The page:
NEWS BLOG (WSAU) They’re probably OK. As I write, my father, mother, sister, and 90-year-old grandmother are in the hurricane zone in Connecticut and New York. I haven’t heard from them. It’s most likely because power is out, phone lines are down, and cell towers aren’t working. They live in coastal areas. Their homes are all a few miles inland, and, while it’s possible, I don’t think they’d be impacted by flooding. Yesterday I spoke to my dad who reminded me that the media always over-hypes the weather.
There were two hurricanes that I remember as a kid.
Hurricane Belle in 1976 wasn’t a strong storm, but it brought tremendous amounts of rain. Almost all of our family lived in Brooklyn then, and the storm came ashore directly across Long Island Sound. Think of Long Island as a giant bathtub. Water flows out through two ‘drains’ – the far eastern tip at Block Island, and the narrower Throgs Neck at the west end. Belle pushed huge amounts of water into the Sound, through storm surge and rain, and the water had no place to go. The flooding was tremendous.
Hurricane Gloria in 1985 has many personal memories for me, more humorous than tragic through the lens of two-and-a-half decades. Gloria sunk my family’s 21-foot motor boat. Three weeks earlier I’d just passed the final exam for my Coast Guard license, and suddenly our boat was gone. The storm arrived on a Friday, school was closed. Power went out early. We sat inside, bored, as the rain and wind battered our neighborhood. Then came to eye of the storm – 20 minutes or so of sunshine. My friends and I played an informal game of pick-up basketball in my driveway until the sky darkened and we went back inside. My uncle’s wedding was the next day in New Jersey. We drove there, and hoped the electricity would be restored by the time we got home. It wasn’t, but it came back on that night while we slept.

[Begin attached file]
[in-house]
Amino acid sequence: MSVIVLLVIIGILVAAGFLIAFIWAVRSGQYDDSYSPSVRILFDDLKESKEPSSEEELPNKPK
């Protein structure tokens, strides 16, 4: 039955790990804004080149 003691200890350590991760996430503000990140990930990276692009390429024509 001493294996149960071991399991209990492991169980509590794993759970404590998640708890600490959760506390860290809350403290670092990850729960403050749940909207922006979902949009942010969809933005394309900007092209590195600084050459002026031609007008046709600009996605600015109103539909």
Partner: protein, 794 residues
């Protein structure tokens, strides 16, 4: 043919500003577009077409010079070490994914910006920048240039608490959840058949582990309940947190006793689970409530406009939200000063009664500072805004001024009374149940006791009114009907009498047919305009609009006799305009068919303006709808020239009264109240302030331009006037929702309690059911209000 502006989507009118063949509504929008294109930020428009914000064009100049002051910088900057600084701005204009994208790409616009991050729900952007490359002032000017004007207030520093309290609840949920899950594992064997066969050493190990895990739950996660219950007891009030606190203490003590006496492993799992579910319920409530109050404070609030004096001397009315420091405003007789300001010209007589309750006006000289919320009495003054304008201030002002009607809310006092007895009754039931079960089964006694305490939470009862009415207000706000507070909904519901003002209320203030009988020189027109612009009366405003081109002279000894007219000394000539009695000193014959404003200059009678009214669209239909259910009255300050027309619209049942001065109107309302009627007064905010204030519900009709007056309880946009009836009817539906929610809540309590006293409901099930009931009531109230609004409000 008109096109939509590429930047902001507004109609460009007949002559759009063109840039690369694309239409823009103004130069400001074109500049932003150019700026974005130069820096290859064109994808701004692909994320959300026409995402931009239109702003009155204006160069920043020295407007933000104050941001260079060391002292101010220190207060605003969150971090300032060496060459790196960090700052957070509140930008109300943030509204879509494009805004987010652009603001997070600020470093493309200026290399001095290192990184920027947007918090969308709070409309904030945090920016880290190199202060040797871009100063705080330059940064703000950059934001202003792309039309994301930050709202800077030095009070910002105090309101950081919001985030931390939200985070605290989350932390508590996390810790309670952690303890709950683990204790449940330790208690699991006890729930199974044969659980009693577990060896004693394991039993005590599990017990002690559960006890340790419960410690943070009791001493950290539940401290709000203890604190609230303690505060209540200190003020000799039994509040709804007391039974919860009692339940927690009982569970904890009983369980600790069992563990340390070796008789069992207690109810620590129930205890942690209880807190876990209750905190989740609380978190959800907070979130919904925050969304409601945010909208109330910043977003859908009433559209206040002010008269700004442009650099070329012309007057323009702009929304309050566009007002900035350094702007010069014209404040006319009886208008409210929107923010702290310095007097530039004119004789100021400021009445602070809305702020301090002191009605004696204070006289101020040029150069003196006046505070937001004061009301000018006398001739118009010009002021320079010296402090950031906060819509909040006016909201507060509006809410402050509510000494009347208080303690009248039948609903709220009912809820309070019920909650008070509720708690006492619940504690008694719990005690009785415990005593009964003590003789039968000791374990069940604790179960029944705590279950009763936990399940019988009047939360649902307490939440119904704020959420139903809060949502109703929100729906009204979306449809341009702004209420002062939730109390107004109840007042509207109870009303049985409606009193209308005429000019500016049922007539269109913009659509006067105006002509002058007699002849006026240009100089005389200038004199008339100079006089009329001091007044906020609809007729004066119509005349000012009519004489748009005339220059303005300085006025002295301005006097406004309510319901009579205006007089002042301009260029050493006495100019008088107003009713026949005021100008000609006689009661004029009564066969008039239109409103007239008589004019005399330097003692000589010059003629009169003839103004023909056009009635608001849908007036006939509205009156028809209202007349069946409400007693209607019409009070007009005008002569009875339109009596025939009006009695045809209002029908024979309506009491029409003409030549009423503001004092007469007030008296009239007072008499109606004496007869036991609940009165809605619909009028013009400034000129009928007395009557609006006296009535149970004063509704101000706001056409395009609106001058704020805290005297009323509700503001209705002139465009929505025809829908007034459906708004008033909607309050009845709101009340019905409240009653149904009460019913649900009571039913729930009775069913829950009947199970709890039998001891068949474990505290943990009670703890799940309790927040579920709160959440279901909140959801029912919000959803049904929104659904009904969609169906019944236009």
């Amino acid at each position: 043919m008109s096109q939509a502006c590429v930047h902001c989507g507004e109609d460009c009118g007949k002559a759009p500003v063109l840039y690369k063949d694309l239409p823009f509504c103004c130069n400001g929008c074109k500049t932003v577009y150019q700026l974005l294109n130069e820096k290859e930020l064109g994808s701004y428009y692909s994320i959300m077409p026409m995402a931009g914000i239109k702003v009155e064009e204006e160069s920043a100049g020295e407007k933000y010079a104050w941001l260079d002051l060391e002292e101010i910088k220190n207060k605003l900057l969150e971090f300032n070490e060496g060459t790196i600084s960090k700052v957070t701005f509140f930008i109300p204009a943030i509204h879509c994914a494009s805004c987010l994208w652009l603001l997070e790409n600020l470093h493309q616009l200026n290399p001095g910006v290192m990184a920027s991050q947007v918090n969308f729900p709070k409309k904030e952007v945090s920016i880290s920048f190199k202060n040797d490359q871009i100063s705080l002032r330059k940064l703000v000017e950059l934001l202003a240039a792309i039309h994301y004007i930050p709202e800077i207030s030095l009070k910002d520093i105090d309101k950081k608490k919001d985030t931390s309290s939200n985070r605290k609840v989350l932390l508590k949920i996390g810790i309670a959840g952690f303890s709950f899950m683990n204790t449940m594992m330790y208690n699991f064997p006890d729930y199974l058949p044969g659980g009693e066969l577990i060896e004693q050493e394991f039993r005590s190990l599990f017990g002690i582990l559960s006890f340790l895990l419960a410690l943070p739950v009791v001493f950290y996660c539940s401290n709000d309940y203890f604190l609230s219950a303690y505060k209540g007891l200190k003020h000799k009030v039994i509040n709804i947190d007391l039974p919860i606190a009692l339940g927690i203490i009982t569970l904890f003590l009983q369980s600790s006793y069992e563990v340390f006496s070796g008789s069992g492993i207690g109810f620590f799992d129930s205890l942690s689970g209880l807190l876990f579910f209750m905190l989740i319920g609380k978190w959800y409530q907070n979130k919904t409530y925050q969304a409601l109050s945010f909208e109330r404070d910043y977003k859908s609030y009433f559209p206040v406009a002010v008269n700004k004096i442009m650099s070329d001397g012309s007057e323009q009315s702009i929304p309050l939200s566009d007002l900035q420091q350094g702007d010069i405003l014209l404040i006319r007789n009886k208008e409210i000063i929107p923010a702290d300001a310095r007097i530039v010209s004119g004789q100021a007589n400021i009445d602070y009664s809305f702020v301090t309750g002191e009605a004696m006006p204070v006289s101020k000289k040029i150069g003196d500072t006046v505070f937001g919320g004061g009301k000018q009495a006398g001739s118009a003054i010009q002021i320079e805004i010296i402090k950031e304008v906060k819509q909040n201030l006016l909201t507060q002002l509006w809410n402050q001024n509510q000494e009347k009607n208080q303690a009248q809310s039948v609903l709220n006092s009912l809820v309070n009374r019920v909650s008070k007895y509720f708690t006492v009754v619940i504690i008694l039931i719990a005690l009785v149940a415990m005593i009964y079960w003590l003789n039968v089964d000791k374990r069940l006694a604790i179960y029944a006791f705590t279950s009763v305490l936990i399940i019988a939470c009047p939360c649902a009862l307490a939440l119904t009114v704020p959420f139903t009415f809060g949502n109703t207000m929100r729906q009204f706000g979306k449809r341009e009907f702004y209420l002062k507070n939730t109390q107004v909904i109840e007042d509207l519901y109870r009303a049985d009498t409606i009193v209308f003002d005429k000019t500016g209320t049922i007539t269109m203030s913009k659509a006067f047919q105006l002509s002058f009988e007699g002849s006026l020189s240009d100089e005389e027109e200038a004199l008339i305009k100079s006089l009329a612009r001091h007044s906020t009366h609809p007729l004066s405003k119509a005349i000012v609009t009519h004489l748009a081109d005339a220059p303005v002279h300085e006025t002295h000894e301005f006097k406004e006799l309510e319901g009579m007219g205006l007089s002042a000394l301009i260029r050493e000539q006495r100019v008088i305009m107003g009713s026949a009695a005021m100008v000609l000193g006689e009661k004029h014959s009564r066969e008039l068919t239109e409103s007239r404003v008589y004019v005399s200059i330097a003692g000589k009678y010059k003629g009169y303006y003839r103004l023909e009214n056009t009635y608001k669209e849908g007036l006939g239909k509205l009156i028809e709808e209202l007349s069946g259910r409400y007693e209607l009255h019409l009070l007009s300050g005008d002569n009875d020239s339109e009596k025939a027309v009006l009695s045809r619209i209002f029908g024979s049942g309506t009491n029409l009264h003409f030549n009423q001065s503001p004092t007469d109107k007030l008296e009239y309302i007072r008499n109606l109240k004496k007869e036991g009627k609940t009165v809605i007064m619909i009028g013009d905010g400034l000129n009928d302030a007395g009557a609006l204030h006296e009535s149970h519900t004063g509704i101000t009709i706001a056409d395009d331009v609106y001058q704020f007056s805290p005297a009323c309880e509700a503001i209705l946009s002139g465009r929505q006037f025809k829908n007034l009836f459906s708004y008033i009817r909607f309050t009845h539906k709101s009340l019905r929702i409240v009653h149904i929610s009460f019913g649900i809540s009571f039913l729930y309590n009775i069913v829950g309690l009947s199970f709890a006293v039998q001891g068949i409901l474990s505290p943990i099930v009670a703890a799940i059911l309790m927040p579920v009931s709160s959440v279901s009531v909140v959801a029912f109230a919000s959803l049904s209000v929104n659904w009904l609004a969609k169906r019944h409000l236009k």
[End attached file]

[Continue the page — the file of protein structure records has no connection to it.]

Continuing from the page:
More storms fizzle out than score direct hits. I was disappointed that I slept in the newsroom for Hurricane Gustov in 2002. Hurricane Irene in 2011 hit after I’d moved to Wisconsin. It was more of a New Jersey thing than a menace to Connecticut.
If you’ve never been in a hurricane, you should be aware of a few things. Timing and location is just as important was wind speed and storm strength. Weak storms that hit at high tide, or come ashore in low-lying areas can cause more damage than stronger storms that hit less-vulnerable areas. Irene wasn’t a strong storm. But she picked up lots of moisture and pushed a lot of water into low lying areas with harbors, inlets, estuaries and river mouths. Those are areas that can’t handle it.
Some of the pictures I’ve seen from New York are neighborhoods I knew as a kid. Bensonhurst Park, where I used to fly kites near the Verrazano Narrows, is underwater. Chunks of the Coney Island boardwalk, which was a Friday night hang-out during the summer, is washed out to sea. Breezy Point, the perfect place to watch a sunset in Queens, saw 80 homes destroyed by a fire that firefighters couldn’t get to last night. The subway, the lifeblood of the city, had almost-universal track to platform flooding. It will take longer than expected to restart. This storm seems more like Belle than Gloria. Flood waters roll back quickly. But they cause more damage, and recovery time is longer.
I’m sure my family is OK. I just haven’t heard from them yet.